A real paradigm shift is required, and it won’t be a comfortable one in the business world. Rather than producing flimsy products cheaply in order to maximize profit margins, companies should move towards making durable, recyclable items.

We know that until now, encouraging people to buy beyond their needs has often been a key objective in marketing strategy. Instead, businesses should market responsibly and try to influence the public to buy less, buy smarter and reuse what they already have.

This requires businesses to adopt new markers of success. If they are still driven by the desire for growth, which is inherently unsustainable, then no meaningful change is possible.

Mitigating the climate crisis must come first, and businesses will be responsible for convincing their stakeholders of that. Conventional markers of success must melt away before the ice caps do.

4. Invest in Resilience

To build resilient economies that can withstand the effects of global warming, investment is required. We can see some examples of this, like with Bloomberg which has moved its data center from Manhattan in anticipation of flooding.

In general, however, companies are failing to invest sufficiently. They are not preparing for a future that will be very different due to global warming. This doesn’t make good sense for the planet, and it doesn’t make good business sense either. The Global Commission on Adaptation estimates that investing $1.8 trillion to climate-proof businesses and the broader economy between now and 2030 could generate up to $7.1 trillion in net benefits. You don’t have to be a business expert to know that’s a great return.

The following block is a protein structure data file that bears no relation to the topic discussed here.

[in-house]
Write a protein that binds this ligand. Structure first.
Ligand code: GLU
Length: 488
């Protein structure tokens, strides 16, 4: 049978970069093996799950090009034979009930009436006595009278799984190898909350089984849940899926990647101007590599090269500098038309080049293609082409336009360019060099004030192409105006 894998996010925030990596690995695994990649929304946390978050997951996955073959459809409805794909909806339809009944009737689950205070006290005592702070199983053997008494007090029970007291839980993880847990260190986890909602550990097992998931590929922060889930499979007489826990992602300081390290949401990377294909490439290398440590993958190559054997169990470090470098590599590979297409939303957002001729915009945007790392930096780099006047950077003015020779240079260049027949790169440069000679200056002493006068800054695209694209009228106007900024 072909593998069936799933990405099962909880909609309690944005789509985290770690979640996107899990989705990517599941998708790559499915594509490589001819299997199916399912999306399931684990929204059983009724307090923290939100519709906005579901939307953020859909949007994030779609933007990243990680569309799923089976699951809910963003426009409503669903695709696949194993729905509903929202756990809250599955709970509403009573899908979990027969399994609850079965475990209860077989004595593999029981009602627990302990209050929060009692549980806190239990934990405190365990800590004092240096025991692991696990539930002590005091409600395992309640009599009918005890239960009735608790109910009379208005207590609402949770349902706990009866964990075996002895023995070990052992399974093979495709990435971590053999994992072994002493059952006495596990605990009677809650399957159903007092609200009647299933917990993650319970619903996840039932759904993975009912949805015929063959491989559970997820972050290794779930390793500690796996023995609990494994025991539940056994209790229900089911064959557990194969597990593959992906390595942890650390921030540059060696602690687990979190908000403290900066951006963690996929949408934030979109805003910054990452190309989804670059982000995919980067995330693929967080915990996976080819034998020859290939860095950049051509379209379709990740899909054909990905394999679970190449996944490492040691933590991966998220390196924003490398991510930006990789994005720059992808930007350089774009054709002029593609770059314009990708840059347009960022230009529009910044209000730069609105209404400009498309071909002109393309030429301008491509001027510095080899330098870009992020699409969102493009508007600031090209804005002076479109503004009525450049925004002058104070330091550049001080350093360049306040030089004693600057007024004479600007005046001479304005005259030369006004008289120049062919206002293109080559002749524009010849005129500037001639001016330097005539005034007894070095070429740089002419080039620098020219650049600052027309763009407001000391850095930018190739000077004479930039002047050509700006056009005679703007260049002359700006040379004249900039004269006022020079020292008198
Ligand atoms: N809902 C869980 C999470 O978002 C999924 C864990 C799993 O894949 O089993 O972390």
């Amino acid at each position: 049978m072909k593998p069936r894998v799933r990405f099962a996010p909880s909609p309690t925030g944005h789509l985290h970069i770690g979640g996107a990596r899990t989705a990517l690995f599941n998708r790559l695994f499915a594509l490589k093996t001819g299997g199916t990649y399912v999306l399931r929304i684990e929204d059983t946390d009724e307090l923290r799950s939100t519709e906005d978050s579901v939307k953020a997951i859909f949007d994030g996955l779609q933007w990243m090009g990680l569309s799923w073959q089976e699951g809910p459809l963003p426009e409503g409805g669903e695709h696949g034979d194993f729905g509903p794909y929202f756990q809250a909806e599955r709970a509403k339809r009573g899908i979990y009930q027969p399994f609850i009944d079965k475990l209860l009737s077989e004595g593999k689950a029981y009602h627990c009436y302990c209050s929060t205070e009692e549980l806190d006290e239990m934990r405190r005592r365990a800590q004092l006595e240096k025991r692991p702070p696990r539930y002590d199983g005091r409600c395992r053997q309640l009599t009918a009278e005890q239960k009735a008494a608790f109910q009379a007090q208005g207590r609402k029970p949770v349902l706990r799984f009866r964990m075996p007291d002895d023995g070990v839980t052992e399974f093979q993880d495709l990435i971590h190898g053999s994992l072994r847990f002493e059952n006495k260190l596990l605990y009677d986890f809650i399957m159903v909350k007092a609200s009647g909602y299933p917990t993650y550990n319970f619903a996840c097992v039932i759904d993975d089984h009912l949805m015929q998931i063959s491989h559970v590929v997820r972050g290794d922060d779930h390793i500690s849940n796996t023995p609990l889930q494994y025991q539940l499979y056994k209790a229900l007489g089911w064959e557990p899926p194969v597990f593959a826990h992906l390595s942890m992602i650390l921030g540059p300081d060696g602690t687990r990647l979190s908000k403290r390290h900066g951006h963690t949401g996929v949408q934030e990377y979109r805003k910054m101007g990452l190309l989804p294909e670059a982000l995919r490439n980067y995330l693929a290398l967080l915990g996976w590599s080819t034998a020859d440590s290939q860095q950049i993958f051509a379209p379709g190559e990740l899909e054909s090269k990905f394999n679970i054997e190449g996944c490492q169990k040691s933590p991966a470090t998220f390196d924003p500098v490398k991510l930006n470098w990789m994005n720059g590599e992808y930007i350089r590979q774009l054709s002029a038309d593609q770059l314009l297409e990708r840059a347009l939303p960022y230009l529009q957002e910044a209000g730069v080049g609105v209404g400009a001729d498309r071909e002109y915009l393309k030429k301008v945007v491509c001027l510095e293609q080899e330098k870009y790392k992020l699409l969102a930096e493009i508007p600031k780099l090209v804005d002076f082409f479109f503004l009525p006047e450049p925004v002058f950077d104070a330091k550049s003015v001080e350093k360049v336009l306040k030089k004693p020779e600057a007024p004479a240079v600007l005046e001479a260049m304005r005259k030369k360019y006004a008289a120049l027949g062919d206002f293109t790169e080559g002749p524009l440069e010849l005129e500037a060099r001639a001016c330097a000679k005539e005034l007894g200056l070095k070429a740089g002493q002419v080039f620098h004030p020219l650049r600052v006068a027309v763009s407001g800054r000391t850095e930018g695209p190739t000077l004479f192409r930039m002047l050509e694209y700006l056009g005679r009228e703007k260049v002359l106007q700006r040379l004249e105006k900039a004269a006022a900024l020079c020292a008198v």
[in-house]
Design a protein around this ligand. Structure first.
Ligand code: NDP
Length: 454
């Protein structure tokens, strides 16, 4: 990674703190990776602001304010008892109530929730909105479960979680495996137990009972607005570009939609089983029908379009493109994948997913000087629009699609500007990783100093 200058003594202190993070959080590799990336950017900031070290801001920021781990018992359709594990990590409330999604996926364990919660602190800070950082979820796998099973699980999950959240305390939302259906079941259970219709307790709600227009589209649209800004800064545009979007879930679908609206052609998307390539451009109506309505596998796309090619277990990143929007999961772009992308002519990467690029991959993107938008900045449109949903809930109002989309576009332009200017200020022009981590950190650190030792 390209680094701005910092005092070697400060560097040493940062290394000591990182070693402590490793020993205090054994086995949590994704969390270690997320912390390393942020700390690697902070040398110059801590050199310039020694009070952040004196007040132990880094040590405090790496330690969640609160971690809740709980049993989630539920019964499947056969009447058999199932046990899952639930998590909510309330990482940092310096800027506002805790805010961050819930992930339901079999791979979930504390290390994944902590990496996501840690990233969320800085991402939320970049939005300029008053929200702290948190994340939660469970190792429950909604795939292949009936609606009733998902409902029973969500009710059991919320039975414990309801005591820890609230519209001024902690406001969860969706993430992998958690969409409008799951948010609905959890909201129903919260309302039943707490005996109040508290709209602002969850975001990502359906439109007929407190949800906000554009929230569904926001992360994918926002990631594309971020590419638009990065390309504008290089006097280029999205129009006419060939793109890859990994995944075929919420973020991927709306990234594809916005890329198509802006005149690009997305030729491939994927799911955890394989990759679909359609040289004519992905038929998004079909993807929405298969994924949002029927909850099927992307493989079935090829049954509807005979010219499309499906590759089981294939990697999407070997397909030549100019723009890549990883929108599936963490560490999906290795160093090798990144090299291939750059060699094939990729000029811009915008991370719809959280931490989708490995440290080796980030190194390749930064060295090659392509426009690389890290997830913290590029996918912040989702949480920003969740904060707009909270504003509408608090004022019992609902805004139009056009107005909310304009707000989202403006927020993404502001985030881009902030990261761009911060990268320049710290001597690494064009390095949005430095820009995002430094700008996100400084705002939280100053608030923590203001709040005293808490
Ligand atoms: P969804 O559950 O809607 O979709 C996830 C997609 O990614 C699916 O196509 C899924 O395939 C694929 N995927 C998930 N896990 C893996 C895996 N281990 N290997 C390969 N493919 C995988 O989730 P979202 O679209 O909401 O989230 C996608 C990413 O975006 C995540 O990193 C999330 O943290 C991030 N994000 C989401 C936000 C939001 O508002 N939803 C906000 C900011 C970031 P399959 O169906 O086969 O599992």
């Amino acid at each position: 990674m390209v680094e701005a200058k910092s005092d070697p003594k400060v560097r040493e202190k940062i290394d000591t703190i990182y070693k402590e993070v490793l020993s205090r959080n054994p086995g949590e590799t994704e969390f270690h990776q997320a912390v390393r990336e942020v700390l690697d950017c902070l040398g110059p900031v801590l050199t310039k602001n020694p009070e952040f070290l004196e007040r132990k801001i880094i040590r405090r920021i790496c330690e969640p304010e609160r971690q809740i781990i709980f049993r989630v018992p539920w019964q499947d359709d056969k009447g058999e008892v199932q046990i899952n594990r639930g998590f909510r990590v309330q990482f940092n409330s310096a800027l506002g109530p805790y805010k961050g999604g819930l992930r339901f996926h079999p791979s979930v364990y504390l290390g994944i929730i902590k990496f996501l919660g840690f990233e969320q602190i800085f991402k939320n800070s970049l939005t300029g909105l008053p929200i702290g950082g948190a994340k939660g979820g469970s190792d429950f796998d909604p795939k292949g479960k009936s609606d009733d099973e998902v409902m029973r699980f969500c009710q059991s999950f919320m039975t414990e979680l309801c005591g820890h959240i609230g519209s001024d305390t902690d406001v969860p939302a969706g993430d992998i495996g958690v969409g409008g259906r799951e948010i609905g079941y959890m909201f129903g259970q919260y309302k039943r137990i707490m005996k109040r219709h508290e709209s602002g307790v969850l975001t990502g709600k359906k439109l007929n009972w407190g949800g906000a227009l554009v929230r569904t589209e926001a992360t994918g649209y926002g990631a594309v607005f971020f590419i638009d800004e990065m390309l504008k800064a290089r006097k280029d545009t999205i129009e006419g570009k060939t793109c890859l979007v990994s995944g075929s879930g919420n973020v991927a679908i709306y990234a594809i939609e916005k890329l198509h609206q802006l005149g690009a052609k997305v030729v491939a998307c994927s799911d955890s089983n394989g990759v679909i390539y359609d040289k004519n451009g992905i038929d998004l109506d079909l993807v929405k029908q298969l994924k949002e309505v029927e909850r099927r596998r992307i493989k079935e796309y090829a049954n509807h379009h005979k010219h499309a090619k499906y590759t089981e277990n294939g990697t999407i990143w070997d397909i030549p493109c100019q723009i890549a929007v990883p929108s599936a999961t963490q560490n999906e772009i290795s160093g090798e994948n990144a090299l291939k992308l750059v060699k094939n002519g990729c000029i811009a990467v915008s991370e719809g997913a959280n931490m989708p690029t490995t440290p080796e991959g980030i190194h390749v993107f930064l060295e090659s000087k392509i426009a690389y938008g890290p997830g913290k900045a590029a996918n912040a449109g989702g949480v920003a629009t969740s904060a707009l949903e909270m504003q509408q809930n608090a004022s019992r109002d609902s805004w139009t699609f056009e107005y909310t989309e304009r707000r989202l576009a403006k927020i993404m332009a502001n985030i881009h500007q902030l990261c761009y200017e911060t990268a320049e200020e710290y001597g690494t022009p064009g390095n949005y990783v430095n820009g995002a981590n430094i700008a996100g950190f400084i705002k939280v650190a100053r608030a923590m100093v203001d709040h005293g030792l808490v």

Banks also need to invest in resilience. They should be prioritizing infrastructure adaptations when it comes to financing projects. This isn’t just an investment in a project; it’s an investment in the future of our planet.

It would also make sense for insurance companies to act now. After all, when severe weather becomes commonplace, insurance companies will certainly feel the financial impact of increased claims. They should take preventative steps now; for example, by incentivizing greener approaches through their insurance products.

5. Act, don’t react

Frustratingly, many businesses have chosen not to take action against climate change until the government forces their hand. They clearly fear that doing so will give an advantage to their competitors. Sadly, short-term thinking like this is destined to have devastating long-term effects for all of us.

Proactive adaptation is a preferable approach. This means identifying threats in advance and taking action to reduce their harm. It will undoubtedly cost money to make these changes; however, it’s way past time to acknowledge the cost of not making them.

The climate crisis is projected to cause a rise in sea levels, more frequent and severe weather events, heat waves and droughts. Business owners must realistically consider whether their companies or indeed their customers will be able to survive these extreme conditions.

Until the business world accepts the scale of the climate crisis and agrees to take collective action, our entire world will continue to suffer the consequences – and business won’t survive alone.